Hey there everyone. Good to see you again. If you haven’t caught the first part of this case study, I highly recommend going and checking that out and coming back. For those that have read it. Welcome back!! It’s been a bit since we last spoke of Marvel Comics’ favorite buddy cop duo, Luke Cage and Iron Fist.
Let’s recap. In part one we covered how they came into being a team. How that team set the tone for their dynamic. The shocking and seemingly undeserved end of its very first run, and a couple of ways the team has been revisited since. Powerman and Iron Fist have seen their share of writer passing and honestly not much of captured the same camaraderie that readers fell in love within their first run.
That is until 2016 when Marvel gave the title over to David F. Walker. A writer we have all come to know as nothing short of legendary in the medium. Being the lead mind in great works such as Bitter Root, Cyborg, Shaft, and Luke Cage solo title. Walker came onto the scene ready to nurture this duo into what I can only imagine was his ideal image of them from his childhood.
This reunion series is the best way these two could’ve gotten back together. Luke, a family man. Married to Jessica Jones and raising a daughter with her. Luke is a bit more than just reluctant to getting the band back together. The story starts us off as a direct spiritual successor of Fred Van Lente’s version of these two. With Jennie Royce being released from prison right at the start of the first issue. A wonderful and not at all subtle way to tell the audience, “Hey, it happened. That’s over now.”
These two have no shortage of wonderful dialogue and quips galore. Between Luke trying to reaffirm he has no interest in getting the gang back together, to Jessica Jones asking him about it constantly. This book is a very fun and frankly glorious read and in stark comparison to what we had previously. This series is worlds apart from the five-issue mini-series we got from Van Lente. Not only is Walker able to keep the character development throughout fresh and new. He has a connection to black culture in a way that so much more genuine than Victor Alvarez.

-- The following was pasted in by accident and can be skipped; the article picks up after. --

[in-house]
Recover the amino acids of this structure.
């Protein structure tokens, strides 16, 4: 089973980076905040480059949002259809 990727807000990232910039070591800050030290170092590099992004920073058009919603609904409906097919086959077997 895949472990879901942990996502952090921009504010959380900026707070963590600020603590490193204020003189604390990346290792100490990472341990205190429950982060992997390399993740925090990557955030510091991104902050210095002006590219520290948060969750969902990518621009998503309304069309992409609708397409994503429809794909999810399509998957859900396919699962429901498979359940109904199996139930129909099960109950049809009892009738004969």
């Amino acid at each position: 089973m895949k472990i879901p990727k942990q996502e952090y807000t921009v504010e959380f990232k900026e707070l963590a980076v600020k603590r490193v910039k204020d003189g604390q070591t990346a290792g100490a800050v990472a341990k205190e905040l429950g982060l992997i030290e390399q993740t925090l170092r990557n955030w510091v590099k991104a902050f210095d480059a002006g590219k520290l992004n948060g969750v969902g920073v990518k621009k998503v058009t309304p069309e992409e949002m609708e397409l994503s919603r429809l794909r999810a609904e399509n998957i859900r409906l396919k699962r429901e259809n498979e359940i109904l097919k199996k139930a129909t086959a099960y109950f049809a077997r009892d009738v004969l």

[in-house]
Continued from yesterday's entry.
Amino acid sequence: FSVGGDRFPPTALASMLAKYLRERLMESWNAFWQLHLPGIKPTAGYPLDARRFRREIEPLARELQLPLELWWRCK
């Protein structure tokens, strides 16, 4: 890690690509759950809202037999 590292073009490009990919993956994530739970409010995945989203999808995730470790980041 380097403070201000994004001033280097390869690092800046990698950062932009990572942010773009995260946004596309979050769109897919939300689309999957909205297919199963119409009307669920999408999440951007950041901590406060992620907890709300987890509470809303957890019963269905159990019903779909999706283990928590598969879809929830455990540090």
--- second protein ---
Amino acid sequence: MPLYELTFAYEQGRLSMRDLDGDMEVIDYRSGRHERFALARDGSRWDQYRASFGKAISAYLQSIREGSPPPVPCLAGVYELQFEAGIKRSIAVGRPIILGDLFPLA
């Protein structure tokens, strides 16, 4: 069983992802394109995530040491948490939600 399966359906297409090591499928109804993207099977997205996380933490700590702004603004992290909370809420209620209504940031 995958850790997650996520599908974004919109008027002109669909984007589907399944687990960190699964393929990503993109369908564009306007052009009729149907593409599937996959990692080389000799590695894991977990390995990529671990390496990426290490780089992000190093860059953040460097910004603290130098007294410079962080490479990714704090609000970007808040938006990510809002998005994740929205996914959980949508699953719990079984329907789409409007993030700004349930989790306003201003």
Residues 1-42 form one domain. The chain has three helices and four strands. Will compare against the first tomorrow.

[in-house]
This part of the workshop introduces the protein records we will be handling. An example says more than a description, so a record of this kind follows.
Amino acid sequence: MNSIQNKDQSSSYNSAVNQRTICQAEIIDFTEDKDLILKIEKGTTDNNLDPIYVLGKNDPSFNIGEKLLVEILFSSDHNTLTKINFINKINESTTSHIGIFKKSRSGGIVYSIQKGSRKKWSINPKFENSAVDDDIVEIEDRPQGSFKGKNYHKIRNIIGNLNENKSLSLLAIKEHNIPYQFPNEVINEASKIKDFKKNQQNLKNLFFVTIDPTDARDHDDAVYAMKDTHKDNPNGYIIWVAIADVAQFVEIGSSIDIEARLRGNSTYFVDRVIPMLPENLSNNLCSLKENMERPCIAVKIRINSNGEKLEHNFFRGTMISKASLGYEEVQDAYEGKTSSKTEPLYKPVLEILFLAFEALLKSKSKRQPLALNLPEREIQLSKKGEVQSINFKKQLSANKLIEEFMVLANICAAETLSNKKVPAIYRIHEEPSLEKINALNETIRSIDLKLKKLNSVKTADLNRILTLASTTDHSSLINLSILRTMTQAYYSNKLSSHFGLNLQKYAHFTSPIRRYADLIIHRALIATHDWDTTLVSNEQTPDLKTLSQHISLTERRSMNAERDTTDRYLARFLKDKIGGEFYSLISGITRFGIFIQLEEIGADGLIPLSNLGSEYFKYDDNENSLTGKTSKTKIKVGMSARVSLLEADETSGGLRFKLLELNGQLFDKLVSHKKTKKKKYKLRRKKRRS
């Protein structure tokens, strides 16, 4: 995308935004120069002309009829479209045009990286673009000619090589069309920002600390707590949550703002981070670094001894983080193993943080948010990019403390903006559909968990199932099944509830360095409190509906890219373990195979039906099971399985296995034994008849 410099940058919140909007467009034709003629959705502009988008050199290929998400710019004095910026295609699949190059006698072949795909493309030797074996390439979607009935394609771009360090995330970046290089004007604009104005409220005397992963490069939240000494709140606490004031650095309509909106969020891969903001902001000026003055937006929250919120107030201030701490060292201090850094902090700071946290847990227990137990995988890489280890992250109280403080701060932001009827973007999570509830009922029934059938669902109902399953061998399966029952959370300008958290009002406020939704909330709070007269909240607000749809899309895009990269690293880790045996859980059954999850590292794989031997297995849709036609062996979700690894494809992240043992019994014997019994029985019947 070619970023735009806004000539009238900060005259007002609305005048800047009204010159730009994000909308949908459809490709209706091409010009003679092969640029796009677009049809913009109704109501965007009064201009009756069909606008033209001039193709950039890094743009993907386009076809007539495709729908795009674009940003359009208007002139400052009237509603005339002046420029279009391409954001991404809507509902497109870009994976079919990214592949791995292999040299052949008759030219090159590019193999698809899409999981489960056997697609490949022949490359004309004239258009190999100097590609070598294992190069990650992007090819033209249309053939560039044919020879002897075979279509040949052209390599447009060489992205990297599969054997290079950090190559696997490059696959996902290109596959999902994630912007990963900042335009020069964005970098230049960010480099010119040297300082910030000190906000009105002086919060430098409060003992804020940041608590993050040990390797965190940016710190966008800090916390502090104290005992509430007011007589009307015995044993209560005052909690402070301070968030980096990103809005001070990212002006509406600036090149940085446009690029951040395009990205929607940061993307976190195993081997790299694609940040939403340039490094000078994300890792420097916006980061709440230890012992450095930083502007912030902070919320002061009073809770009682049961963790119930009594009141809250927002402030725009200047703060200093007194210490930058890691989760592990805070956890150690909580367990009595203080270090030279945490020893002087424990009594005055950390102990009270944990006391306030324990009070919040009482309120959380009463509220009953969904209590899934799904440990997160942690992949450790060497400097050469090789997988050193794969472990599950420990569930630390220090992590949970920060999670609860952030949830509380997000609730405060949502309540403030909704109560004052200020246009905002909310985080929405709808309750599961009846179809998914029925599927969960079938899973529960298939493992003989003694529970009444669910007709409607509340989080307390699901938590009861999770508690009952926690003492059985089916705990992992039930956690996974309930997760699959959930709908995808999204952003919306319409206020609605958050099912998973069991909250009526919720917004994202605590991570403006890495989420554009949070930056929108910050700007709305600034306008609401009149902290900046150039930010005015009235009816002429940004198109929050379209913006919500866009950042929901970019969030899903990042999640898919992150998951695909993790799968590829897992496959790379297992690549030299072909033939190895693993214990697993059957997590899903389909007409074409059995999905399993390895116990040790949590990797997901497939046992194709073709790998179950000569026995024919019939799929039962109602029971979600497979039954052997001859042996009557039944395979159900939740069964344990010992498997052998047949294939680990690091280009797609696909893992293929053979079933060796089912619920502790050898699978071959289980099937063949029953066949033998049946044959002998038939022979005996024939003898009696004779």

Powerman and Iron Fist have always had this connection to the culture through Luke Cage. Between the quips and conversation, there are many callbacks and love letters to this same culture that separates it from its last run. During the radio segment where they talk about the fight with Manslaughter Marsdale, a caller described him as the spawn of Mr. T and Prince. While having the tone and love that black culture and not the same anger we get through Victor.
One can only speculate as to why Walker decided to go this route with the duo and not the same anger we’ve received previously. If I were to guess, it would be Walker’s connection to the culture. Through that his capability to connect with us on a level that is felt so much that I’m smiling each time you turn the page and see it brimming with rich representation. Whereas Victor constantly makes me feel like someone is telling me my struggle as a black person is not so bad and maybe calling someone master would save my life one day.